Epidemiology of cryptosporidiosis in rural Malawi

Morse, Tracy and Nicholls, Rosely and Grimason, Anthony and Smith, Huw (2008) Epidemiology of cryptosporidiosis in rural Malawi. Environment & Health International. pp. 36-44. ISSN 1726-9210

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    Abstract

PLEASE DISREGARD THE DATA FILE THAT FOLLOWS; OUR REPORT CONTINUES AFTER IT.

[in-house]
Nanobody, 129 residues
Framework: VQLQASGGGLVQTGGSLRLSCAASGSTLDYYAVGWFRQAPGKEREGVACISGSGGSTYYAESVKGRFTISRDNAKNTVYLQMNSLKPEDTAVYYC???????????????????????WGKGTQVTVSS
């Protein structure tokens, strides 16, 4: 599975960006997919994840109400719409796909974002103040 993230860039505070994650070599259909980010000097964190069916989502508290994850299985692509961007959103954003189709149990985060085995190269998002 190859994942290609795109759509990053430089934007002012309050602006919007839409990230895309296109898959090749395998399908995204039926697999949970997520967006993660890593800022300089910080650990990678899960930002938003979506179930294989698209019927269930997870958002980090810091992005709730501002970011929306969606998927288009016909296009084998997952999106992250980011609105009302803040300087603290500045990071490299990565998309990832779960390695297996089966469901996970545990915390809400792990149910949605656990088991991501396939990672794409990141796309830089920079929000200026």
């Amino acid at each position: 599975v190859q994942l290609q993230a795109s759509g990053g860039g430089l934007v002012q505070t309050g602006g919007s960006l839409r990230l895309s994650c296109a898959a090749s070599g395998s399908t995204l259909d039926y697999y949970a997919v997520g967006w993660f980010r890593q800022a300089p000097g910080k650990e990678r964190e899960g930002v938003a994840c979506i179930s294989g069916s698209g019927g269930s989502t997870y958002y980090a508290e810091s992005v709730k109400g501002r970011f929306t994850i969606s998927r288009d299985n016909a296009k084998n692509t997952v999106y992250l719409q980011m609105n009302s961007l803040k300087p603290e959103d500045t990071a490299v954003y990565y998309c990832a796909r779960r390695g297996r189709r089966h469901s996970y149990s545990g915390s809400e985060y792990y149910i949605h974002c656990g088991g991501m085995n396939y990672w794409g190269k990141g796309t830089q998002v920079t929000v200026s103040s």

A hospital and community based study was conducted in Malawi, within a rural population over a 23 month period, to identify the incidence, causative species and possible determinants for cryptosporidiosis in under fives. 5.9% (25/423) of samples collected were positive for Cryptosporidium oocysts of which 18 amplified by PCR-RFLP indicating the following species: C. hominis, C. parvum, C. meleagridis and C. andersoni. Consenting positive cases were included in a case control study. 96 home interviews were conducted in 24 communities (cases n=24; unmatched controls n=72). A total of 61 risk factors were investigated with a questionnaire, and combined with quantitative data from samples of domesticated animal stools and drinking water. Oocysts were not isolated from domesticated animals or water samples. Multivariate logistic regression of questionnaire data revealed an increased risk of cryptosporidiosis associated with ownership of pigs (OR 7.2, 95%CI 1.9–27.5, p=0.004), presence of diarrhoea in the household (OR 8.8, 95%CI 1.8–53.4, p=0.008), bathing in the river (OR 76.7, 95%CI 1.1–23.8, p=0.037) and no education within the household (OR 3.6, 95%CI 1.1–11.8, p=0.038). Bacteriological results indicating faecal contamination of both drinking water stored within the home (76%), and the surface of guardians’ hands (75%) were indicative of poor hygienic practices and potential sources of infection.